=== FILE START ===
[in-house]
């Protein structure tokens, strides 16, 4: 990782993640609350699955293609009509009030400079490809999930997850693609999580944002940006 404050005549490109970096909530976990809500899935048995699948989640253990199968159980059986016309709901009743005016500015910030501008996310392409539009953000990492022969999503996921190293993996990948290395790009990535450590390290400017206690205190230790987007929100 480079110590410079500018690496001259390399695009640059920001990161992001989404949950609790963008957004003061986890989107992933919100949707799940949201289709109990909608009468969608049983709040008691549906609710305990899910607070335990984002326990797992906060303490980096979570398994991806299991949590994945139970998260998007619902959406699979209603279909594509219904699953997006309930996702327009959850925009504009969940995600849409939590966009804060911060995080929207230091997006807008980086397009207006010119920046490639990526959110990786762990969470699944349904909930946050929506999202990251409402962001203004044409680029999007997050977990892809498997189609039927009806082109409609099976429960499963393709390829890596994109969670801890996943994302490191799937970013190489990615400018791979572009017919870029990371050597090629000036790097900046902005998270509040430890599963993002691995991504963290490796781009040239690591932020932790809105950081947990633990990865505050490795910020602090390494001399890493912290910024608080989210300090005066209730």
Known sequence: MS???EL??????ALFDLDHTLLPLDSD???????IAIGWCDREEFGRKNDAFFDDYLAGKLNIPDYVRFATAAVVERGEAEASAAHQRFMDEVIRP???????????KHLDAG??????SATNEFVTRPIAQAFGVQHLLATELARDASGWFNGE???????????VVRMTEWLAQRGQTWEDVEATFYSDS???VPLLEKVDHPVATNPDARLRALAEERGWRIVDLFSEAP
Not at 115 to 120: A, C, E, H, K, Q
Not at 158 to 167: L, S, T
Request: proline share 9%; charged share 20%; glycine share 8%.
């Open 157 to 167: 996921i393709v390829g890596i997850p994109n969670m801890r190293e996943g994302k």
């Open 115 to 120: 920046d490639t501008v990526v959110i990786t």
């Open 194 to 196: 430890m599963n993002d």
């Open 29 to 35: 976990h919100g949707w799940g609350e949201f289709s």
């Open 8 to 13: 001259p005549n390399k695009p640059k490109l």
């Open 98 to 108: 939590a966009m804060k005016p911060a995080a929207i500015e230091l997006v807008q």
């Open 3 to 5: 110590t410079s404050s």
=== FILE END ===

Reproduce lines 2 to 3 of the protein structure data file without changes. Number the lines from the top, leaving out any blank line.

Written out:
């Protein structure tokens, strides 16, 4: 990782993640609350699955293609009509009030400079490809999930997850693609999580944002940006 404050005549490109970096909530976990809500899935048995699948989640253990199968159980059986016309709901009743005016500015910030501008996310392409539009953000990492022969999503996921190293993996990948290395790009990535450590390290400017206690205190230790987007929100 480079110590410079500018690496001259390399695009640059920001990161992001989404949950609790963008957004003061986890989107992933919100949707799940949201289709109990909608009468969608049983709040008691549906609710305990899910607070335990984002326990797992906060303490980096979570398994991806299991949590994945139970998260998007619902959406699979209603279909594509219904699953997006309930996702327009959850925009504009969940995600849409939590966009804060911060995080929207230091997006807008980086397009207006010119920046490639990526959110990786762990969470699944349904909930946050929506999202990251409402962001203004044409680029999007997050977990892809498997189609039927009806082109409609099976429960499963393709390829890596994109969670801890996943994302490191799937970013190489990615400018791979572009017919870029990371050597090629000036790097900046902005998270509040430890599963993002691995991504963290490796781009040239690591932020932790809105950081947990633990990865505050490795910020602090390494001399890493912290910024608080989210300090005066209730």
Known sequence: MS???EL??????ALFDLDHTLLPLDSD???????IAIGWCDREEFGRKNDAFFDDYLAGKLNIPDYVRFATAAVVERGEAEASAAHQRFMDEVIRP???????????KHLDAG??????SATNEFVTRPIAQAFGVQHLLATELARDASGWFNGE???????????VVRMTEWLAQRGQTWEDVEATFYSDS???VPLLEKVDHPVATNPDARLRALAEERGWRIVDLFSEAP